Throughout the process we guide the design and push and pull it as needed, not only to achieve the desired goals, but to push the client to even better results. As architects we bring ideas and vision to the project to compliment the clients’ direction.

One of the most important aspects of any construction project is to stay on budget.  That is a responsibility that must be shared by all team members, clients included.  And one of the wonderful aspects or our collaboration with Chelsea Design Build is that they are extremely talented as builders and designers. As part of the design process, they will keep us on track for cost and offer suggestions on places to save and places to splurge.

What input do you need from your clients to have a successful outcome?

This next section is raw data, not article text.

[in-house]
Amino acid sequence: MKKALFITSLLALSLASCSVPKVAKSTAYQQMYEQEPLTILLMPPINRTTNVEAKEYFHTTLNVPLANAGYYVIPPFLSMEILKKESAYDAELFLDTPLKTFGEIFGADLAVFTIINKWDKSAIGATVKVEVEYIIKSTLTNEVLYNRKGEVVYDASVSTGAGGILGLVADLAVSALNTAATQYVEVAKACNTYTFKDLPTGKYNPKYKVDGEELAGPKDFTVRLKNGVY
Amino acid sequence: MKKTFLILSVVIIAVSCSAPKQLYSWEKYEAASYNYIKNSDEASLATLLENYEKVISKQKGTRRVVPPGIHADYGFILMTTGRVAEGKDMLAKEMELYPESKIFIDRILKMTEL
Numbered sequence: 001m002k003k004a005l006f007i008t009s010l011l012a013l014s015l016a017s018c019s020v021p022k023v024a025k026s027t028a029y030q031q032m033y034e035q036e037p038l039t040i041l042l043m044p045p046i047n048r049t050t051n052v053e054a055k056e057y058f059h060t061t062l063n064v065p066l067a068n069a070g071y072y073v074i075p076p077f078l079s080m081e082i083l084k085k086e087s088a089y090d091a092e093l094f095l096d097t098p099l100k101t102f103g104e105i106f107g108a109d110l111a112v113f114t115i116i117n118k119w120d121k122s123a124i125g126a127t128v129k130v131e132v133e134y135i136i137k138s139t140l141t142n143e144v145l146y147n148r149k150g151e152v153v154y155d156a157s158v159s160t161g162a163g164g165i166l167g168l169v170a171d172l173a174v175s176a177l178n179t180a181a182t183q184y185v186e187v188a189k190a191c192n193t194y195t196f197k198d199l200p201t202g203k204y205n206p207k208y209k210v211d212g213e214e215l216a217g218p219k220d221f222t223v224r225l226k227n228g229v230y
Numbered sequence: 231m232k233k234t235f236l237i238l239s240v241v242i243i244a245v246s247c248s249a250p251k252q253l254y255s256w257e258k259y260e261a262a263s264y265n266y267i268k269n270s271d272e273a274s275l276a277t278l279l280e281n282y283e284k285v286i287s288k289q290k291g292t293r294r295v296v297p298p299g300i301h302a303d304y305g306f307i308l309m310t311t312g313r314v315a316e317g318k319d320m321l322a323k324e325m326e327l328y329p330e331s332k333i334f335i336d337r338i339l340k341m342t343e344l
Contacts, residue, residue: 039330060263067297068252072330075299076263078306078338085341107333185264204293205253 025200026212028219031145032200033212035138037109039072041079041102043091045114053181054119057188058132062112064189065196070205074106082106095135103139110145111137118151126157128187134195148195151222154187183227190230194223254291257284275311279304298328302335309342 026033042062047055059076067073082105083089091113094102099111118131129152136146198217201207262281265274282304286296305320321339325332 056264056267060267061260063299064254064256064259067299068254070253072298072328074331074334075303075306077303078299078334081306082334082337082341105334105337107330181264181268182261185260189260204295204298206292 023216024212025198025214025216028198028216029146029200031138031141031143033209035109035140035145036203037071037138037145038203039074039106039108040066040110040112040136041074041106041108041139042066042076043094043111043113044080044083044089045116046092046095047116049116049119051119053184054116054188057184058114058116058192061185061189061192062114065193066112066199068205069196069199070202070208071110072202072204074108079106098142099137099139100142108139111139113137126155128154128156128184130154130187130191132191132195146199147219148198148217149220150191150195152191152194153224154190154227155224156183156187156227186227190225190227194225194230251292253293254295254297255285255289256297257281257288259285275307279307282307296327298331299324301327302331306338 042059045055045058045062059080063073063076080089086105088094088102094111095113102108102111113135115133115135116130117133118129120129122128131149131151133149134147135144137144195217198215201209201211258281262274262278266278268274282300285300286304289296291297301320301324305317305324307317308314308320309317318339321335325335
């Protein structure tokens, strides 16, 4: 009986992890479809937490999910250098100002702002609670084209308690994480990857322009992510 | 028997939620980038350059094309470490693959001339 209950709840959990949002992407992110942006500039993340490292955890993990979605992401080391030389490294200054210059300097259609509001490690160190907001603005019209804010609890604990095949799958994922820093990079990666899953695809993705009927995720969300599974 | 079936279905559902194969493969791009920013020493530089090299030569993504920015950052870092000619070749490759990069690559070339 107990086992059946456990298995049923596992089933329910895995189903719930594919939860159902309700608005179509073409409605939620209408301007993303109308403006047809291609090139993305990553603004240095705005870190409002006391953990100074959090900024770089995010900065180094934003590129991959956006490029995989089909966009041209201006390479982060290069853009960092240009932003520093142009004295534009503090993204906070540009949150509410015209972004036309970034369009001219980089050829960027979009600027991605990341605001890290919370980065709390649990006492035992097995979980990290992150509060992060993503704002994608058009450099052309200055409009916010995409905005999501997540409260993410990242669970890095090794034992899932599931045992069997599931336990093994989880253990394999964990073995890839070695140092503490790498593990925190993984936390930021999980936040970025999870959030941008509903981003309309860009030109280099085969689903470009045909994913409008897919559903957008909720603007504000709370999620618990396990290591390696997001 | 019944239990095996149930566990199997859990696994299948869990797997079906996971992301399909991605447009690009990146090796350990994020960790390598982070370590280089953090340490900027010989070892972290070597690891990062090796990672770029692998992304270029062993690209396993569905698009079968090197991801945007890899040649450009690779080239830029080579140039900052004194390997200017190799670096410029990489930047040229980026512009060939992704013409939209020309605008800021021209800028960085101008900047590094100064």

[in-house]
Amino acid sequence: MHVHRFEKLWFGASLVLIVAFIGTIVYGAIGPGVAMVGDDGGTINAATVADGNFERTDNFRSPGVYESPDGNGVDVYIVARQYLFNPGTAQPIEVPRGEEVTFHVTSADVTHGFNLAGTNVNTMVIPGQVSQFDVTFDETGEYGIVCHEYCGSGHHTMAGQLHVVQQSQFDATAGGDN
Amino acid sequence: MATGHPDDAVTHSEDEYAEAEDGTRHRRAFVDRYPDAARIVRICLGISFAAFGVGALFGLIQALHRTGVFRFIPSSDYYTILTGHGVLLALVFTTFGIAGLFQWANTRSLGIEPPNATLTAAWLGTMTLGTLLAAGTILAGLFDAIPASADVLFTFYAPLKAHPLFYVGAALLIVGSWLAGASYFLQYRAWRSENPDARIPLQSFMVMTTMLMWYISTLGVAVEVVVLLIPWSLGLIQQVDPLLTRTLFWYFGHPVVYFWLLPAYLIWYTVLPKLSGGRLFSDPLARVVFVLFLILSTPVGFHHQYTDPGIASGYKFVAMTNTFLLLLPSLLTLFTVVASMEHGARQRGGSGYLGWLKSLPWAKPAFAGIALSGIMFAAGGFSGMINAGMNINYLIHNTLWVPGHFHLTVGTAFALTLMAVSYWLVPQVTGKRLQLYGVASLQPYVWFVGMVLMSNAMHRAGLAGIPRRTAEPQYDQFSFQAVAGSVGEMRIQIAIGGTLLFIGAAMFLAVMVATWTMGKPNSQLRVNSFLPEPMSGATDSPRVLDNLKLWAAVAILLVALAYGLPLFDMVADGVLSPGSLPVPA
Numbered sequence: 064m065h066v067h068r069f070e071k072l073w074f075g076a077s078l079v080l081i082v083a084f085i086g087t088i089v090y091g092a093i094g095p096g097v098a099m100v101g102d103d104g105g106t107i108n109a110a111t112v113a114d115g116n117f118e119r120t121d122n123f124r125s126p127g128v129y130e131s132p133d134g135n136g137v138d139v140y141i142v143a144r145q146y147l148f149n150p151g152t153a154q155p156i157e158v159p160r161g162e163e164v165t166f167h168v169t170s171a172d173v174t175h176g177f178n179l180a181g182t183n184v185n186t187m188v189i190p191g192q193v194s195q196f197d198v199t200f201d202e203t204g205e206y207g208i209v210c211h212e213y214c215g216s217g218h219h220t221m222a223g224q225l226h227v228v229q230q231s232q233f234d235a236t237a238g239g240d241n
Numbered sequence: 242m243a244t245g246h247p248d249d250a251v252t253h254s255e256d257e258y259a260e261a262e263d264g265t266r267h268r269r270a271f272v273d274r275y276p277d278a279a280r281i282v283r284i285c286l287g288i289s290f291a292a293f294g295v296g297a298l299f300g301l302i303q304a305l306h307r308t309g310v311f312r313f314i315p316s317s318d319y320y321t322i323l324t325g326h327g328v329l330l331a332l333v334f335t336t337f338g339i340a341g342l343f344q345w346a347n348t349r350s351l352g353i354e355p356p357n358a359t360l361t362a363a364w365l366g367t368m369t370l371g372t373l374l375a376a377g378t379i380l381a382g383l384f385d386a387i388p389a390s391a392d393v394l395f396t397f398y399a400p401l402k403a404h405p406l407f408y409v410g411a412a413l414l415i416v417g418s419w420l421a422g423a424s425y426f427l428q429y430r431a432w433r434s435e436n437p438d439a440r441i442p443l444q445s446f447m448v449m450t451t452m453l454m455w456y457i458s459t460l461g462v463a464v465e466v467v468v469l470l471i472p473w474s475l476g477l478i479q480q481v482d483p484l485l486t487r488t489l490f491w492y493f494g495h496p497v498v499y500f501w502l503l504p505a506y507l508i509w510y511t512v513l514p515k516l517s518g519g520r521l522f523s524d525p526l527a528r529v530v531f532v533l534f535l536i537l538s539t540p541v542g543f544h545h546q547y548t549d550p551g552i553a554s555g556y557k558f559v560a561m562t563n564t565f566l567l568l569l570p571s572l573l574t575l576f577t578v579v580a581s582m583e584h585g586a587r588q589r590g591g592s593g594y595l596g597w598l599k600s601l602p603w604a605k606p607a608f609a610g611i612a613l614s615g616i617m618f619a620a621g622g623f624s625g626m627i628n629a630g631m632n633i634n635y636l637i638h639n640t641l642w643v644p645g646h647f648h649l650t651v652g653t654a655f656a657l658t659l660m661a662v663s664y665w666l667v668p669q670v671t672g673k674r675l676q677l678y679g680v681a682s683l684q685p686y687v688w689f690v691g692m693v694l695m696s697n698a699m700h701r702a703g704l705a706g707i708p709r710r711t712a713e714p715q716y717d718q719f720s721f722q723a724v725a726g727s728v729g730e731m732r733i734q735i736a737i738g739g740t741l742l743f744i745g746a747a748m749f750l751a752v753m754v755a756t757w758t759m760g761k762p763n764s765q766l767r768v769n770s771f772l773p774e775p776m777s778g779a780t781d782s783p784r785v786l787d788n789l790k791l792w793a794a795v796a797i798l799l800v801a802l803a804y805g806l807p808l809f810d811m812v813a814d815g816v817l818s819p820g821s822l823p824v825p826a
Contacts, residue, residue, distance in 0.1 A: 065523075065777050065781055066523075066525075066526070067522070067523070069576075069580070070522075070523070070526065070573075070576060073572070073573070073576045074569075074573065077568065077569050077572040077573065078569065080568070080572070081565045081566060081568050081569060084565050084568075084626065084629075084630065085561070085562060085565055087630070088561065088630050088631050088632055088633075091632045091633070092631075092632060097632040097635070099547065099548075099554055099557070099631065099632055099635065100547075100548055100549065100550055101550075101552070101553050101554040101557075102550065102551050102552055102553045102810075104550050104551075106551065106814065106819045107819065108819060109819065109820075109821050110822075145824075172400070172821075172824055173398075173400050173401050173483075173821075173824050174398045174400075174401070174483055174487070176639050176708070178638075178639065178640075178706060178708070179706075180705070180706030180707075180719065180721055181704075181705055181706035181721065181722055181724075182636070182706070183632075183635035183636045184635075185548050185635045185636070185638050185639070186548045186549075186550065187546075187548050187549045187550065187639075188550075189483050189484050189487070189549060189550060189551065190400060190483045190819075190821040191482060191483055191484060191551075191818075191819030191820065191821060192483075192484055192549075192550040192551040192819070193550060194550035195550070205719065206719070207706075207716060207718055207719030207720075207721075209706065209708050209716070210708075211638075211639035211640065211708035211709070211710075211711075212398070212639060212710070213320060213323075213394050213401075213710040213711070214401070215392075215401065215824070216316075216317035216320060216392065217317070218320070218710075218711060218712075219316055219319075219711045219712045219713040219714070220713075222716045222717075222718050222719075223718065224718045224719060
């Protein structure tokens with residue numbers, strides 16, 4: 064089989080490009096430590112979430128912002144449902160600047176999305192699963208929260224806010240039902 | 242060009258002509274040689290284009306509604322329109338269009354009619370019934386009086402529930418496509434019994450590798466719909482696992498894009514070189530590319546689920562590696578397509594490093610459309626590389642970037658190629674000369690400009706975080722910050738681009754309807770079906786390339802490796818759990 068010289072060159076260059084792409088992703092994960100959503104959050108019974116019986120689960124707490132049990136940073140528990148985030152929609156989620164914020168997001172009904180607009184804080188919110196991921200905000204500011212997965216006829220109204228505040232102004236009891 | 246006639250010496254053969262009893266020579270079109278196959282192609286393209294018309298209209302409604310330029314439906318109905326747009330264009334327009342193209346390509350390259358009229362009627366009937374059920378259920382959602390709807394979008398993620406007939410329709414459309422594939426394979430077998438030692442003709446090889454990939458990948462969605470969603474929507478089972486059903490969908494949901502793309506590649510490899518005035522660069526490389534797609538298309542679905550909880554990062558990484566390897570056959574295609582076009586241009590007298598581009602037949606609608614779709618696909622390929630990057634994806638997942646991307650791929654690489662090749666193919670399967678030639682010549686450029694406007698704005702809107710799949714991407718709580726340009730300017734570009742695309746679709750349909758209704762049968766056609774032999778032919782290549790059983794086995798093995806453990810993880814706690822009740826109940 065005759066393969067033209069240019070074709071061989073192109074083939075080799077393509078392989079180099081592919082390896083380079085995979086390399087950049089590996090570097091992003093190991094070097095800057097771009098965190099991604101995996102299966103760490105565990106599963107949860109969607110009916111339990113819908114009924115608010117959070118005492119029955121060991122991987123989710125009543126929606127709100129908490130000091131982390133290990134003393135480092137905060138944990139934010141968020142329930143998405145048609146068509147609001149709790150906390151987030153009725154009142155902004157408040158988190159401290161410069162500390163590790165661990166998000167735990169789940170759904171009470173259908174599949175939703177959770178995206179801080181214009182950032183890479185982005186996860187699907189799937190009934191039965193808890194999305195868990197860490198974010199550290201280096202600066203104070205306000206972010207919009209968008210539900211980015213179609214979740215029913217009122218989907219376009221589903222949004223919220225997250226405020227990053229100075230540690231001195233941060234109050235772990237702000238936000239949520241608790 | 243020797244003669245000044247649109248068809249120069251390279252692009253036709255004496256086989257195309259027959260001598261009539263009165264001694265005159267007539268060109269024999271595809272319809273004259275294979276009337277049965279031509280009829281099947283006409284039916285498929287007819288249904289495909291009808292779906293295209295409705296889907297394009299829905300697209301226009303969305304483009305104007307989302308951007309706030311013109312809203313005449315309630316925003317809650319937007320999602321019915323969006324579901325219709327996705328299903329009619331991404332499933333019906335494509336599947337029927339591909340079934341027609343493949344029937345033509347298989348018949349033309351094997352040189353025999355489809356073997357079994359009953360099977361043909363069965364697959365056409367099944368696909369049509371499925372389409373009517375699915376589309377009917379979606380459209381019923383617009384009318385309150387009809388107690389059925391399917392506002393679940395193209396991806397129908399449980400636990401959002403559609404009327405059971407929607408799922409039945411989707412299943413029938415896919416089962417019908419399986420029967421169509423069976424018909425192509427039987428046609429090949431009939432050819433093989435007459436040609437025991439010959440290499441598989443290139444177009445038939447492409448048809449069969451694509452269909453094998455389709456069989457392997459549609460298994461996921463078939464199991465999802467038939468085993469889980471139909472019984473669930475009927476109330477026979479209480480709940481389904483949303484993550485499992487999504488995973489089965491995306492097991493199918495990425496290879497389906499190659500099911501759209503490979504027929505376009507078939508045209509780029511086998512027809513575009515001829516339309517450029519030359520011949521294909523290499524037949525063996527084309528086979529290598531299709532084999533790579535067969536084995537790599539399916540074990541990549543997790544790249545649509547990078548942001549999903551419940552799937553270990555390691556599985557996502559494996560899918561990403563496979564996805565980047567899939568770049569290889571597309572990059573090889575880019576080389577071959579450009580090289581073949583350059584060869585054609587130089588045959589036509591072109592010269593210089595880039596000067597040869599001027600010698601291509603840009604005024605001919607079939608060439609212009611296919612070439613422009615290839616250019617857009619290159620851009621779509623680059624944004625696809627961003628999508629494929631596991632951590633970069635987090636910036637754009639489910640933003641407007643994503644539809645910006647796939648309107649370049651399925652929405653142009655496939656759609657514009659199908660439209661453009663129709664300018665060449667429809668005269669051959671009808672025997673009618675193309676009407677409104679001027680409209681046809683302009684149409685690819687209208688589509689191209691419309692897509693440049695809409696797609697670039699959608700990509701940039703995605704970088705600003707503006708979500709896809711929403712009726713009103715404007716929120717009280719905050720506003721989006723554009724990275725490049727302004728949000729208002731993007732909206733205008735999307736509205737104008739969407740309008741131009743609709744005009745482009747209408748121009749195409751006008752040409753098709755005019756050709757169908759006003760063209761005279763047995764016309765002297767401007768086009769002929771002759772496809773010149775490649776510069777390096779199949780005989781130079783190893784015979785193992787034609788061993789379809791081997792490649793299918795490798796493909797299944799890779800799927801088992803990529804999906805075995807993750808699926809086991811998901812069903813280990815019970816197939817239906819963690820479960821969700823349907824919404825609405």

Clients and their responsibilities in the project play an important role in the success of the design. To benefit both architect and client, there is a period of time at the beginning of the project where expectations are set along with roles, timelines, and duties. We typically hold a meeting to review “the rules of the road” that outline the client’s role.

In addition to those guidelines, we show the client each step of the process using a sample project. That way they get to see what each piece looks like and when they can expect to see certain decisions come to life in their design. Without fail, our clients are more comfortable, reassured, and engaged once they know their responsibilities and see the road map of decisions that lie ahead.